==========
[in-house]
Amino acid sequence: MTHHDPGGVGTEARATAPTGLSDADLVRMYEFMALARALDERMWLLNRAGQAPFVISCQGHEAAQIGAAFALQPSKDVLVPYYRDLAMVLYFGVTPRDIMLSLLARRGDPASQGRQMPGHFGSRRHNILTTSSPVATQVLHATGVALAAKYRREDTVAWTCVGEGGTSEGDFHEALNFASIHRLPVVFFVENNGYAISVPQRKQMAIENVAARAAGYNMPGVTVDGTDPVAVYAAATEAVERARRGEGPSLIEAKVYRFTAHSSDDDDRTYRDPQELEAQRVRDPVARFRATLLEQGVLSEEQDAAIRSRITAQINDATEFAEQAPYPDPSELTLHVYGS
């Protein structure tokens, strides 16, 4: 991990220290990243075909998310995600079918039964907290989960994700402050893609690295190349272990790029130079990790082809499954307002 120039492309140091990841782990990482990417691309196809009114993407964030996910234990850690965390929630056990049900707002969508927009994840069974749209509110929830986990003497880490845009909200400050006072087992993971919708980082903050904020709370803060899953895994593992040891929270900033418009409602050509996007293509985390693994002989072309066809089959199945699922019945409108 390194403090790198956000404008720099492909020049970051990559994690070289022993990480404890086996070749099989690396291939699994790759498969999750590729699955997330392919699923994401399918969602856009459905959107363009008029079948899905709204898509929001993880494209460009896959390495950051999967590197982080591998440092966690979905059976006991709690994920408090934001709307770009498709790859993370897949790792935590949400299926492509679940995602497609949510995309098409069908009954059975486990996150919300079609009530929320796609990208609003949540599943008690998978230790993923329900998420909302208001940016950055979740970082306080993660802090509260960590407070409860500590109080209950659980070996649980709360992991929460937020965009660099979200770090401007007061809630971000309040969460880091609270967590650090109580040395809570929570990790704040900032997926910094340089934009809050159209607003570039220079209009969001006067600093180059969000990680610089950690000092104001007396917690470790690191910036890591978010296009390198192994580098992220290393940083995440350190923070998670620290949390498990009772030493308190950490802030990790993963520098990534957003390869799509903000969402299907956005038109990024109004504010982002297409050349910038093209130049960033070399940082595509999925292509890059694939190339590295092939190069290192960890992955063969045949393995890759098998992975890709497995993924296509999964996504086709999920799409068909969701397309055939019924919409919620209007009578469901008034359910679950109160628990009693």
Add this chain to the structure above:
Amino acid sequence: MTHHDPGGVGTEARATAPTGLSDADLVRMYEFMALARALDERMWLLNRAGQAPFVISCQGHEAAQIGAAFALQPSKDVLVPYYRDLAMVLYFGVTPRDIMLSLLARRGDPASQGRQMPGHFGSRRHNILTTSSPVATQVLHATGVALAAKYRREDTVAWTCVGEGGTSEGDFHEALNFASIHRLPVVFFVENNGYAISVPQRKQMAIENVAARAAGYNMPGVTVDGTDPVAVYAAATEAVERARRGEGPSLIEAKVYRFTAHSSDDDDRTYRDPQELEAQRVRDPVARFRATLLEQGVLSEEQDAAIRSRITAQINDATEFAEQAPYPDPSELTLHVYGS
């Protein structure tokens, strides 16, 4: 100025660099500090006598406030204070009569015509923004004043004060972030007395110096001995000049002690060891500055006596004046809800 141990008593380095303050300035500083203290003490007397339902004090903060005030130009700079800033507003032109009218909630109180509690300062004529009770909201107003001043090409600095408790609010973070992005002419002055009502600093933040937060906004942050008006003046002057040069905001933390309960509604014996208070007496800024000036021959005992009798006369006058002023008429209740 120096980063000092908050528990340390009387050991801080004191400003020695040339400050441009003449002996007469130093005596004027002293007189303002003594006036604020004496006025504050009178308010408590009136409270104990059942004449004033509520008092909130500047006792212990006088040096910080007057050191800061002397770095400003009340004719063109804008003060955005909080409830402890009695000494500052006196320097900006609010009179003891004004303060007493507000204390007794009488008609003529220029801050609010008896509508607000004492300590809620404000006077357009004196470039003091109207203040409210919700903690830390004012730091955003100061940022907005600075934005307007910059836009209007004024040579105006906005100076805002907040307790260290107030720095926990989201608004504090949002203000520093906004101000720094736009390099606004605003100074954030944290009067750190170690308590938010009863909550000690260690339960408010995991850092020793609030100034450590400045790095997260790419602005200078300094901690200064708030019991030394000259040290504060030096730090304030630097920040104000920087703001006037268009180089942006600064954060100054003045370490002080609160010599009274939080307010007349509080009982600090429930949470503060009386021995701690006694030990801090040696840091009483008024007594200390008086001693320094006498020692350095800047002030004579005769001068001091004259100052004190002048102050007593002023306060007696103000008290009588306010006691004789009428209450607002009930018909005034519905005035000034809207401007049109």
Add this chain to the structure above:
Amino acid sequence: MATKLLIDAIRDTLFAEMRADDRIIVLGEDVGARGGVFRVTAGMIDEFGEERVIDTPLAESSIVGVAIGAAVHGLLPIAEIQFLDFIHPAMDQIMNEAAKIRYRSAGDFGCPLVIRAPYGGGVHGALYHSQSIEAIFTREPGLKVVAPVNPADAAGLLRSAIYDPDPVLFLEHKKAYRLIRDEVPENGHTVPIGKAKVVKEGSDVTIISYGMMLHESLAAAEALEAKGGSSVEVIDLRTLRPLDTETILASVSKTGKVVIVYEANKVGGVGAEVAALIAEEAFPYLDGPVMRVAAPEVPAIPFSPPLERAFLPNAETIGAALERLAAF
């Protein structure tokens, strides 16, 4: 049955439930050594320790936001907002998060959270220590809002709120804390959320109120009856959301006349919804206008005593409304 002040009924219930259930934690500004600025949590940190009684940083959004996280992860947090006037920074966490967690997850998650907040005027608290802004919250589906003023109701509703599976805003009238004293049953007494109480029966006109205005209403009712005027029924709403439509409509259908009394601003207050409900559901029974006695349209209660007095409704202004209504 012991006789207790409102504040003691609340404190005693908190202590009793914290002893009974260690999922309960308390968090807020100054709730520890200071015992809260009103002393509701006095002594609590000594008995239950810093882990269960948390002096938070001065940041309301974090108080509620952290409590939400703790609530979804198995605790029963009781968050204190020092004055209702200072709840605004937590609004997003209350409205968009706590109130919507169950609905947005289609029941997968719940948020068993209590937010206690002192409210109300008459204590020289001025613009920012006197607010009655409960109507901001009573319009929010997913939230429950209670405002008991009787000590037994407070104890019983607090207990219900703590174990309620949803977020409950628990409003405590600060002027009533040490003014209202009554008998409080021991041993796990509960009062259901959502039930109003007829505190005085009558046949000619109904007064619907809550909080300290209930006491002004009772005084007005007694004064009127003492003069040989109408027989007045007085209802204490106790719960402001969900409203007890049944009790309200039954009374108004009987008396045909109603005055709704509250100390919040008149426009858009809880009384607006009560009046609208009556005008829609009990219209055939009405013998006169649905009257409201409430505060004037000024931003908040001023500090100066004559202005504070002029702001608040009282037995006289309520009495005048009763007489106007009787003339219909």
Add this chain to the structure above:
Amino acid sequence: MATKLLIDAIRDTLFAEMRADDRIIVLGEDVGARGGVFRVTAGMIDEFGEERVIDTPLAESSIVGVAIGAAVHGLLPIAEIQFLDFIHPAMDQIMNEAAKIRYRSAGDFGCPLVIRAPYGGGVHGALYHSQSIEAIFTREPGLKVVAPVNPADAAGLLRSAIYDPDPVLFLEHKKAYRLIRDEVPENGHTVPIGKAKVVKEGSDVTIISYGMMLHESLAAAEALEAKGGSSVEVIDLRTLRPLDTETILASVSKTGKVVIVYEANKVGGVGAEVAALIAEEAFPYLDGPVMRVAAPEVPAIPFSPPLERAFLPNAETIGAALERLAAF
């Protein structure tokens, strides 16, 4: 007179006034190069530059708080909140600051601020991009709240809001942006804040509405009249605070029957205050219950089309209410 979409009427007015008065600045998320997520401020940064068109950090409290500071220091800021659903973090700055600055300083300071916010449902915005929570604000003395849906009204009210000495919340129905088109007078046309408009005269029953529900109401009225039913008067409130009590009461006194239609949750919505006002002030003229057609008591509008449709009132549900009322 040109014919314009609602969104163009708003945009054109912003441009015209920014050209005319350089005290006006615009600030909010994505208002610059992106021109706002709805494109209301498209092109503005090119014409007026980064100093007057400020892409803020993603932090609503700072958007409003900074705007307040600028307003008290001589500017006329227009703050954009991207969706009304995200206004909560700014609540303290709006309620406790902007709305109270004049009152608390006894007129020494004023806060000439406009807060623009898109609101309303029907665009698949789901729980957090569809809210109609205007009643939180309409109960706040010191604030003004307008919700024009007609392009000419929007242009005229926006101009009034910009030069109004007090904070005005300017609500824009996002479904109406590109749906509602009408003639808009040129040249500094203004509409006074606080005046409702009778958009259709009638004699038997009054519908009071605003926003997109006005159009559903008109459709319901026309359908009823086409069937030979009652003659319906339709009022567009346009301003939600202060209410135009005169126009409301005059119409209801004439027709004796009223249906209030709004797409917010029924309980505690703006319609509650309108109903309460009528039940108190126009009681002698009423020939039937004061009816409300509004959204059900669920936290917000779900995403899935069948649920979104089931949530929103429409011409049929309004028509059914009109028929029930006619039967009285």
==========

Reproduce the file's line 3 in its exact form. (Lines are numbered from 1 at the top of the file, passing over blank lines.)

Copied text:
């Protein structure tokens, strides 16, 4: 991990220290990243075909998310995600079918039964907290989960994700402050893609690295190349272990790029130079990790082809499954307002 120039492309140091990841782990990482990417691309196809009114993407964030996910234990850690965390929630056990049900707002969508927009994840069974749209509110929830986990003497880490845009909200400050006072087992993971919708980082903050904020709370803060899953895994593992040891929270900033418009409602050509996007293509985390693994002989072309066809089959199945699922019945409108 390194403090790198956000404008720099492909020049970051990559994690070289022993990480404890086996070749099989690396291939699994790759498969999750590729699955997330392919699923994401399918969602856009459905959107363009008029079948899905709204898509929001993880494209460009896959390495950051999967590197982080591998440092966690979905059976006991709690994920408090934001709307770009498709790859993370897949790792935590949400299926492509679940995602497609949510995309098409069908009954059975486990996150919300079609009530929320796609990208609003949540599943008690998978230790993923329900998420909302208001940016950055979740970082306080993660802090509260960590407070409860500590109080209950659980070996649980709360992991929460937020965009660099979200770090401007007061809630971000309040969460880091609270967590650090109580040395809570929570990790704040900032997926910094340089934009809050159209607003570039220079209009969001006067600093180059969000990680610089950690000092104001007396917690470790690191910036890591978010296009390198192994580098992220290393940083995440350190923070998670620290949390498990009772030493308190950490802030990790993963520098990534957003390869799509903000969402299907956005038109990024109004504010982002297409050349910038093209130049960033070399940082595509999925292509890059694939190339590295092939190069290192960890992955063969045949393995890759098998992975890709497995993924296509999964996504086709999920799409068909969701397309055939019924919409919620209007009578469901008034359910679950109160628990009693």